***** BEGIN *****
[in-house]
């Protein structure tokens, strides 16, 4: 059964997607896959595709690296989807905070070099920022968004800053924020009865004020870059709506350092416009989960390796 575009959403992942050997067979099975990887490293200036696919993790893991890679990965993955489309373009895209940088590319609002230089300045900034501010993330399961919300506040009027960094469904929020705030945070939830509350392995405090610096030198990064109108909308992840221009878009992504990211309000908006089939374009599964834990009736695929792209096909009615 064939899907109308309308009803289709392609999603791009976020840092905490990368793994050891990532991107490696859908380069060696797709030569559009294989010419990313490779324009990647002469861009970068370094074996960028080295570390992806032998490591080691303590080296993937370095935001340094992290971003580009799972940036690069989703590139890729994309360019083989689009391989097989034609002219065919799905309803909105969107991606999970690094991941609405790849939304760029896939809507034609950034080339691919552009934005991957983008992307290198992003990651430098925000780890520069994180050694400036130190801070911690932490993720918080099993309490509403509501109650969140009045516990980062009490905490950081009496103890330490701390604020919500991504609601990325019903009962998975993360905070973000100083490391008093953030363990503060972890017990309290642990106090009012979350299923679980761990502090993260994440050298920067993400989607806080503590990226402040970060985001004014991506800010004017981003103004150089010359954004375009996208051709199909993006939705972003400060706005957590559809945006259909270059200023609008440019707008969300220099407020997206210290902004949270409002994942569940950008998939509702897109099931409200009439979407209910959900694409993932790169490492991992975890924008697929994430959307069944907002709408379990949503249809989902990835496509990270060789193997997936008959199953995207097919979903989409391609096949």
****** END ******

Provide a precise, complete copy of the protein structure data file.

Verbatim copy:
[in-house]
């Protein structure tokens, strides 16, 4: 059964997607896959595709690296989807905070070099920022968004800053924020009865004020870059709506350092416009989960390796 575009959403992942050997067979099975990887490293200036696919993790893991890679990965993955489309373009895209940088590319609002230089300045900034501010993330399961919300506040009027960094469904929020705030945070939830509350392995405090610096030198990064109108909308992840221009878009992504990211309000908006089939374009599964834990009736695929792209096909009615 064939899907109308309308009803289709392609999603791009976020840092905490990368793994050891990532991107490696859908380069060696797709030569559009294989010419990313490779324009990647002469861009970068370094074996960028080295570390992806032998490591080691303590080296993937370095935001340094992290971003580009799972940036690069989703590139890729994309360019083989689009391989097989034609002219065919799905309803909105969107991606999970690094991941609405790849939304760029896939809507034609950034080339691919552009934005991957983008992307290198992003990651430098925000780890520069994180050694400036130190801070911690932490993720918080099993309490509403509501109650969140009045516990980062009490905490950081009496103890330490701390604020919500991504609601990325019903009962998975993360905070973000100083490391008093953030363990503060972890017990309290642990106090009012979350299923679980761990502090993260994440050298920067993400989607806080503590990226402040970060985001004014991506800010004017981003103004150089010359954004375009996208051709199909993006939705972003400060706005957590559809945006259909270059200023609008440019707008969300220099407020997206210290902004949270409002994942569940950008998939509702897109099931409200009439979407209910959900694409993932790169490492991992975890924008697929994430959307069944907002709408379990949503249809989902990835496509990270060789193997997936008959199953995207097919979903989409391609096949």